With that said, the best trainer has two wheels and can be used outside to get from point A to point B. Resistance settings mimic exactly the wind, grade and speed conditions of the actual ride.
Just curious, do you have any experience with trainers? I've had everything from cheap fluid trainers to now I have a Cycleops Hammer. It is totally fair to compare new to used when even new the product is so inferior to what can be had for not too much more brand new for an exponentially better experience, the kurt kinetic road machine can be had used for maybe $150 and is so far beyond this. With a cheap trainer, the moment you stop pedaling, the wheel comes to a stop, whereas with a good fluid trainer, you can stop and flywheel inertia keeps the wheel moving. It's a much more natural experience. My goal is to not have people waste their money on something that's just going to end up on craigslist when it turns out it's a bad indoor riding experience. I'm all for saving money (I ride an entry level 8 speed road bike because it works just fine) but with trainers, quality matters.
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Old 09-14-19, 03:54 PM
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I donít care for any stationary trainer. I will/have ridden outdoors in just about conditions. But the cycling equipment Aldi sells is acceptable. I have the floor pump...the handle broke but I easily constructed a replacement and the pump is great. The work stand is reportedly better than other stands costing twice as much. If youíre into stationary trainers Iíd say give it a try.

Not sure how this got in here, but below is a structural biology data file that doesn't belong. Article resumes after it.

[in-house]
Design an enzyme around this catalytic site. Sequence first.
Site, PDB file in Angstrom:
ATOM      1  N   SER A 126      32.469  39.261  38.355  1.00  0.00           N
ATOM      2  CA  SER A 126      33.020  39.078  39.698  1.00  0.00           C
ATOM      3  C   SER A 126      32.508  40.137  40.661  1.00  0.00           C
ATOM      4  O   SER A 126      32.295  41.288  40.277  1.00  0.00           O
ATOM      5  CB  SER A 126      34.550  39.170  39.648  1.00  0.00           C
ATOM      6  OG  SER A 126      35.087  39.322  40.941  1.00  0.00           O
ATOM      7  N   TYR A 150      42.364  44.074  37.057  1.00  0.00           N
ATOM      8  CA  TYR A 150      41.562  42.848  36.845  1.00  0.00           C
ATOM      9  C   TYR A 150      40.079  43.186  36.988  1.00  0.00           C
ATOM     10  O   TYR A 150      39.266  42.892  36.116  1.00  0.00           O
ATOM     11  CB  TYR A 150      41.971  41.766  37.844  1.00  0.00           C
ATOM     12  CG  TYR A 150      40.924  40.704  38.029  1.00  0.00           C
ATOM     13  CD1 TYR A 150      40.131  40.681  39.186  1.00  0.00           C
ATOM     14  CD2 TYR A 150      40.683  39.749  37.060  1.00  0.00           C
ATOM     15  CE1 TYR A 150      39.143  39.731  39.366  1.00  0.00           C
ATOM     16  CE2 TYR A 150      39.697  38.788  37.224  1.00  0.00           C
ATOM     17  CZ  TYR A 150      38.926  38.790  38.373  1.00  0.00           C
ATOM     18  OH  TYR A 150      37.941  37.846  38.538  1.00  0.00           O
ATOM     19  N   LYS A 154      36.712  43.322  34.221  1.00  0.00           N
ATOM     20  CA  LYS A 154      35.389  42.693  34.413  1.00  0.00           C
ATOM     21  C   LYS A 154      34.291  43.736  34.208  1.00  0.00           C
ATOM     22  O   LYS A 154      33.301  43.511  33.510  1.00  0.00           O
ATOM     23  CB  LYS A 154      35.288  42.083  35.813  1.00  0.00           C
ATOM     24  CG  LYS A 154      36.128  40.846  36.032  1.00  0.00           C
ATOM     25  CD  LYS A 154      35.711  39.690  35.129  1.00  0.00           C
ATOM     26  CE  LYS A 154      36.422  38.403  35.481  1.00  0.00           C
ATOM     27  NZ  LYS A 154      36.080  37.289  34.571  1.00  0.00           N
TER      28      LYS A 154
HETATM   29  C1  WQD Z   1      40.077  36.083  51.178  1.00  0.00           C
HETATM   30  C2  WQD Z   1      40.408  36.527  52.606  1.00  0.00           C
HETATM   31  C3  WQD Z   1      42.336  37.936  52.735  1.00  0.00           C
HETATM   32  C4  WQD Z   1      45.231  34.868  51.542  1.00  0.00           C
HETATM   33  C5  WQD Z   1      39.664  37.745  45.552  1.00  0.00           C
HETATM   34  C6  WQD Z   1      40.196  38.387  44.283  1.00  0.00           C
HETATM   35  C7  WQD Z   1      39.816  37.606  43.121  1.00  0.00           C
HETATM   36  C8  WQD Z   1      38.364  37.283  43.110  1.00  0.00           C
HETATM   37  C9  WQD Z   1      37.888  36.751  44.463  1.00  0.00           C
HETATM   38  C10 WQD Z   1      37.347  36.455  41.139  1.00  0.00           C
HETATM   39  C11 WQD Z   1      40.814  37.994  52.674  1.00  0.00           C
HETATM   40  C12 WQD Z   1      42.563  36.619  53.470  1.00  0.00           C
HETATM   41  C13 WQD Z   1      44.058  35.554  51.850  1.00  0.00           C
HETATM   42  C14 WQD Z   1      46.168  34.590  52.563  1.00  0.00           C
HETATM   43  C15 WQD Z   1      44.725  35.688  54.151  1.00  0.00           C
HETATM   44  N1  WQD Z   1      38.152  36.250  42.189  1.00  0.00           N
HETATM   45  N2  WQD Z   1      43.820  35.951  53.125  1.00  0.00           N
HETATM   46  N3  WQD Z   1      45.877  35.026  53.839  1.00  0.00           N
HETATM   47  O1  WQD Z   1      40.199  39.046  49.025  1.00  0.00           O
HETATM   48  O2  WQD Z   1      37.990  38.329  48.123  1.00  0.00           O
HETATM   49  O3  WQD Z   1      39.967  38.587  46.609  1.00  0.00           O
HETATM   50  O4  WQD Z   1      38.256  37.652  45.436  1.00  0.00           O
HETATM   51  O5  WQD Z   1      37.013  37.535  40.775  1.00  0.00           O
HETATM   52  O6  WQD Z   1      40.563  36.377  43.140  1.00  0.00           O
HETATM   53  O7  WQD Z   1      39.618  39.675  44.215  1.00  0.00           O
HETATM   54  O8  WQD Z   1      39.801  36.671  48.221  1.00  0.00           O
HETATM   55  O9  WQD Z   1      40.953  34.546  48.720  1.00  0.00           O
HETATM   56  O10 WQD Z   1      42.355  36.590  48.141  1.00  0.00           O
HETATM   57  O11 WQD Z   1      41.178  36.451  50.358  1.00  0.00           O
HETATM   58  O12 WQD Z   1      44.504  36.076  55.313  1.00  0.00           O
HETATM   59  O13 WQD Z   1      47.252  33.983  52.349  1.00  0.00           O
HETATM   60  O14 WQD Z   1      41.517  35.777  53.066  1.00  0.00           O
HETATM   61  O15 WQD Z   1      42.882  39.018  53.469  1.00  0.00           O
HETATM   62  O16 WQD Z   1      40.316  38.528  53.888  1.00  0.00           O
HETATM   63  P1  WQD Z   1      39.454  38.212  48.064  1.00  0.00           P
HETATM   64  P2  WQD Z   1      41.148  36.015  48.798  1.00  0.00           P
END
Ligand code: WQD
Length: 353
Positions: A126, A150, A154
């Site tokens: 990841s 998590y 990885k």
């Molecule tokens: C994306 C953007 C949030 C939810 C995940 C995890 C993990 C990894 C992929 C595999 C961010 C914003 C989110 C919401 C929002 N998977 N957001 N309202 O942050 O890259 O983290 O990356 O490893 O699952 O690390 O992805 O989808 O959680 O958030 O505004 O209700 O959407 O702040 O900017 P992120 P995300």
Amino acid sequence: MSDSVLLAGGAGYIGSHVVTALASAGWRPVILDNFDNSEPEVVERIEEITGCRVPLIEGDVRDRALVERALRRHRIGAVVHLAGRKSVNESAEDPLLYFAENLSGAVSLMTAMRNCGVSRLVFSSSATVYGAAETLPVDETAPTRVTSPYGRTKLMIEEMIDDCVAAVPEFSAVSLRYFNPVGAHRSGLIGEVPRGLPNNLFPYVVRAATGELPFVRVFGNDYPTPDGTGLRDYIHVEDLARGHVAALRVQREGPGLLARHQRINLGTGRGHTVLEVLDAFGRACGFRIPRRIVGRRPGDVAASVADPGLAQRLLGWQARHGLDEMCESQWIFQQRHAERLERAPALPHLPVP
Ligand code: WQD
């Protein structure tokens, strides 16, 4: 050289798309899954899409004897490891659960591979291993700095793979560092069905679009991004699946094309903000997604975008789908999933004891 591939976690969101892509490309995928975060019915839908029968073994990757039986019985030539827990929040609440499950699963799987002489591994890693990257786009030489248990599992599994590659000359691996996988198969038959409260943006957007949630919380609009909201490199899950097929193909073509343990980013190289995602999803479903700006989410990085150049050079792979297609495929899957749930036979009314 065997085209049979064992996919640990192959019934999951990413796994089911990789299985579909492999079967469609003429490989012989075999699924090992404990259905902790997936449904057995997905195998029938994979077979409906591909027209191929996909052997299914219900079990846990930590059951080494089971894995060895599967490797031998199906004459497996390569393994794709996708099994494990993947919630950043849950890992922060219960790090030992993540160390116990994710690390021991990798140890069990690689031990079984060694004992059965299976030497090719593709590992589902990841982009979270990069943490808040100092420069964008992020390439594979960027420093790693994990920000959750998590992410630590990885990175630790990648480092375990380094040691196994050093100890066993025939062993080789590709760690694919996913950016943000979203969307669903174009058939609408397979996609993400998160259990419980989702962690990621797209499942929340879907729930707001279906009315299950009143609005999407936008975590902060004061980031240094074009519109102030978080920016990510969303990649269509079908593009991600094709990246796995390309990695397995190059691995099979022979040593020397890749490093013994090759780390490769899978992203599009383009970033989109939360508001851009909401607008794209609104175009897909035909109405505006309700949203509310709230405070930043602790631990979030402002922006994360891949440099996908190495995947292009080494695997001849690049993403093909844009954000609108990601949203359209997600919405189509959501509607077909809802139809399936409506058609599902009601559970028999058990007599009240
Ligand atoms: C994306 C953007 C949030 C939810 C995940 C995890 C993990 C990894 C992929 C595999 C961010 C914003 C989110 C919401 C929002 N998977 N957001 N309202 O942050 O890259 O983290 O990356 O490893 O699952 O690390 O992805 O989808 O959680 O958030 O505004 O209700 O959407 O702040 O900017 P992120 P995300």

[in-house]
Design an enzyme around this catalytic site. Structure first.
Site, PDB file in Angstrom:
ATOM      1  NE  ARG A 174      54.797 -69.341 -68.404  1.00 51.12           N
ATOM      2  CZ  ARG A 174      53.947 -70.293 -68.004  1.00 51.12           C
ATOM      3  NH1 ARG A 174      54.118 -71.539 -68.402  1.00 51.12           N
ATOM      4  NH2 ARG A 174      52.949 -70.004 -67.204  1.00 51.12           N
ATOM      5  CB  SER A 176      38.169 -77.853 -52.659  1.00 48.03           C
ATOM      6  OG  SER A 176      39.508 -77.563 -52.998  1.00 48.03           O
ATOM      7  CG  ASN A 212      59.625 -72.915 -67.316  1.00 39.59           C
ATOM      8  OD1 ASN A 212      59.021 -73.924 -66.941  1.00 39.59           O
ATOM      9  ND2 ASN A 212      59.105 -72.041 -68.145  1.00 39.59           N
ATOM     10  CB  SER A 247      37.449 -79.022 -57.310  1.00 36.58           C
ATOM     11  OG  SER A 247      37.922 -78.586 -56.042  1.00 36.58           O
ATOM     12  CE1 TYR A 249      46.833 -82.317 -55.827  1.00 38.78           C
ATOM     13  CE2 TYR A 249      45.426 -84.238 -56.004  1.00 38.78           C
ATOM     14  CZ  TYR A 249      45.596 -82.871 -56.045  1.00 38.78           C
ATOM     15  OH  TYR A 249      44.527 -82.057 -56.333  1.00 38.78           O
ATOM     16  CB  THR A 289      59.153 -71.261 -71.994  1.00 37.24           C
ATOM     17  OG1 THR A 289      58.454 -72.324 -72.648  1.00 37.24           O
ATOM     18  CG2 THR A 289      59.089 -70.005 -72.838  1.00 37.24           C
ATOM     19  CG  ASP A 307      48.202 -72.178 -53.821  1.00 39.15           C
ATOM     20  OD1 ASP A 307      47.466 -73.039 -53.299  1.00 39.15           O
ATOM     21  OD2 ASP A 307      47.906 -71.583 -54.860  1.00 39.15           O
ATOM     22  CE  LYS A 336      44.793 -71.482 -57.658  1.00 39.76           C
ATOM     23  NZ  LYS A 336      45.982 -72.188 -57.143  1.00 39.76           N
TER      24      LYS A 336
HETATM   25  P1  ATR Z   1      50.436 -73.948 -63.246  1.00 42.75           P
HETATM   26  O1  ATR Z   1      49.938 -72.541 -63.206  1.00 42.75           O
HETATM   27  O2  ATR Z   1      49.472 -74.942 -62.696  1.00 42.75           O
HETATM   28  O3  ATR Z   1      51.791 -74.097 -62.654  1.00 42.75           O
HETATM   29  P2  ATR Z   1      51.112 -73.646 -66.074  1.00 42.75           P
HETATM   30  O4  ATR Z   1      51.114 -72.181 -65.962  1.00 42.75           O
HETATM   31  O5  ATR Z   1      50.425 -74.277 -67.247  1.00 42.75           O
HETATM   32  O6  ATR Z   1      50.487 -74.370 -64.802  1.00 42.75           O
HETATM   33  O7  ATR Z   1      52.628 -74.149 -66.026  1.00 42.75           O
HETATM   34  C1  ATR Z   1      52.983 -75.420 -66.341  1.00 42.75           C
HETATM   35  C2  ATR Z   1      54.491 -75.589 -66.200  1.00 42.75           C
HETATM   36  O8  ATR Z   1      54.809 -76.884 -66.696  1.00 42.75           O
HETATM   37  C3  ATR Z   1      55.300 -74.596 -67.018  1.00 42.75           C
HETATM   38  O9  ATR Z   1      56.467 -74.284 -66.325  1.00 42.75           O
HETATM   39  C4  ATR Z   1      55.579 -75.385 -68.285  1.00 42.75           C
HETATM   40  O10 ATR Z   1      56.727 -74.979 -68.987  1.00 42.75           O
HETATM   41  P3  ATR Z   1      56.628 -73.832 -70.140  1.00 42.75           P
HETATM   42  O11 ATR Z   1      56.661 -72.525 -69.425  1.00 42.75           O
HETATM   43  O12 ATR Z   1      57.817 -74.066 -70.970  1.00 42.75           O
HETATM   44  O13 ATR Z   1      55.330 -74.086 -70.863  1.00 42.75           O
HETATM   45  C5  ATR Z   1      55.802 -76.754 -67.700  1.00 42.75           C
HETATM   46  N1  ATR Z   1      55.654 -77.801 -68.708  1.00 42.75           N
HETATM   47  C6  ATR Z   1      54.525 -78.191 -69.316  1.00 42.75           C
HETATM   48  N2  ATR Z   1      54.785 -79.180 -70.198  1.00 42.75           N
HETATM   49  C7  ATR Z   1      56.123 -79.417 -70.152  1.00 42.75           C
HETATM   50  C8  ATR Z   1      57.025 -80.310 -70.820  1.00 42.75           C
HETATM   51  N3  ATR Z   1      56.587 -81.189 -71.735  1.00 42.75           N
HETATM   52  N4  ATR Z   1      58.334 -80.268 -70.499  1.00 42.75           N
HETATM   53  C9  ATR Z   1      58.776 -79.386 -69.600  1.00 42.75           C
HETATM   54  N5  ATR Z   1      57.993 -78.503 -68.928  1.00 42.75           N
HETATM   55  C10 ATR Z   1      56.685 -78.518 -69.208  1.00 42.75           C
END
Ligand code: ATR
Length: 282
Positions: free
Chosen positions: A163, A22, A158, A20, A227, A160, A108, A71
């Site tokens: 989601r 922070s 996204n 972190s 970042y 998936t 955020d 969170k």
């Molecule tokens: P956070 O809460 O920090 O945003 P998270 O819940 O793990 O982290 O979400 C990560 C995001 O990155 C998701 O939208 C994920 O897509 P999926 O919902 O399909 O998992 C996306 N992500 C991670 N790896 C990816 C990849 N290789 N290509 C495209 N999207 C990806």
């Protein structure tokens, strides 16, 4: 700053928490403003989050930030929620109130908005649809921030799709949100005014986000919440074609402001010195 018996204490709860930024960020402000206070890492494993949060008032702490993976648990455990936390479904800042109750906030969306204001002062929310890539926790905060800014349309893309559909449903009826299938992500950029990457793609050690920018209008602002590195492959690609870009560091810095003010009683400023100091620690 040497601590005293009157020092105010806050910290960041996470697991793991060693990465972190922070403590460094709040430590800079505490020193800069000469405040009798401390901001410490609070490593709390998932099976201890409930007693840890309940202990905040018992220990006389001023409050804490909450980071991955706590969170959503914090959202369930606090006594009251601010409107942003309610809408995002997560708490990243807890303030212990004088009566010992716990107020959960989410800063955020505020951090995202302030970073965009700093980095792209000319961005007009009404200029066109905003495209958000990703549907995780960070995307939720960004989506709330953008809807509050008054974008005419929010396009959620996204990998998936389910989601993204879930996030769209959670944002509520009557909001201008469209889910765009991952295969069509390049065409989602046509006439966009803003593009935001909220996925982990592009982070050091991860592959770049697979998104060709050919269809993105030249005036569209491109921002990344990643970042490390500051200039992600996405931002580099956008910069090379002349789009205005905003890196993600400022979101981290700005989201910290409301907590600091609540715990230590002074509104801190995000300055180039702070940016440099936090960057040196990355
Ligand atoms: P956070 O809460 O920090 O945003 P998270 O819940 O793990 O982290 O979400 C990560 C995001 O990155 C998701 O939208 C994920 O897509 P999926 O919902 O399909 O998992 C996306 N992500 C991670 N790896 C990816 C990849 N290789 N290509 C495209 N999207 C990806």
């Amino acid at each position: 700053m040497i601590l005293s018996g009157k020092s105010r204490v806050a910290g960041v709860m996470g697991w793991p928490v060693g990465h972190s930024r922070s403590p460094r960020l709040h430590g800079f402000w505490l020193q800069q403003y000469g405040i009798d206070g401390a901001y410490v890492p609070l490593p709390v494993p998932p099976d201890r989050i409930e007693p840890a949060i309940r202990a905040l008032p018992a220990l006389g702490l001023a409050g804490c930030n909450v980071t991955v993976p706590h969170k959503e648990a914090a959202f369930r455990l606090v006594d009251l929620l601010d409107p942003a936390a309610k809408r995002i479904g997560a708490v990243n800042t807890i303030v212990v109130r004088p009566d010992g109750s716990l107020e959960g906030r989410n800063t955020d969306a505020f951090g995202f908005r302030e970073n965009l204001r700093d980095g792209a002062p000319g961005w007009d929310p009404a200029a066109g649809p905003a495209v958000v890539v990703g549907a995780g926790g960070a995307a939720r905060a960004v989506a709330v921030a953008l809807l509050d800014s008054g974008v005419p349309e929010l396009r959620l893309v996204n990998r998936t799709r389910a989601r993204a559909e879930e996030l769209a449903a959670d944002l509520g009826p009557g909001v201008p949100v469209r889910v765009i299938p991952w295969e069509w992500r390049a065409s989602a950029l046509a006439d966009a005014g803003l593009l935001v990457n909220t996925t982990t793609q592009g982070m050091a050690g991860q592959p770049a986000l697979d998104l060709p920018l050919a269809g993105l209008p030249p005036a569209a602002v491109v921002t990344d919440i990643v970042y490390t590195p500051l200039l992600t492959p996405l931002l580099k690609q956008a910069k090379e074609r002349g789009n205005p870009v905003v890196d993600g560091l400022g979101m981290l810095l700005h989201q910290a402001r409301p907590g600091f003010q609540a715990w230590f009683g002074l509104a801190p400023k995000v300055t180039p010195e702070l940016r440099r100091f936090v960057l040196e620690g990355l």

Dan
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Old 09-14-19, 06:06 PM
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I guess I've been lucky with my Aldis pump. Going on 3 years of LOTS of use and no problems.
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Old 09-15-19, 05:30 PM
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...Or one could just understand that one can't replicate the road experience at reasonable cost, and it's acceptable to get a tool that allows keeping up some fitness with some resemblance to cycling.

For cycling, I wouldn't let the perfect but budget-busting alternative get in the way of an acceptable affordable one.

I use the original wind trainer. It's far from the true road riding experience, but a surprisingly little amount of work on this trainer allowed me to start the year with 20 mile rides. Not bad for something that one can find on Craigslist for $10.

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Old 09-16-19, 03:32 AM
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I can't comment on their trainers,pumps,etc, but I do have one of the Aldi's bike stands, and like the overwhelming majority of other owners, I think it's a lotta bang for the buck.
I was surprised how many times I'd used it in just the first couple months.
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Old 09-16-19, 11:33 AM
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are the cycle ops fluid trainers any good?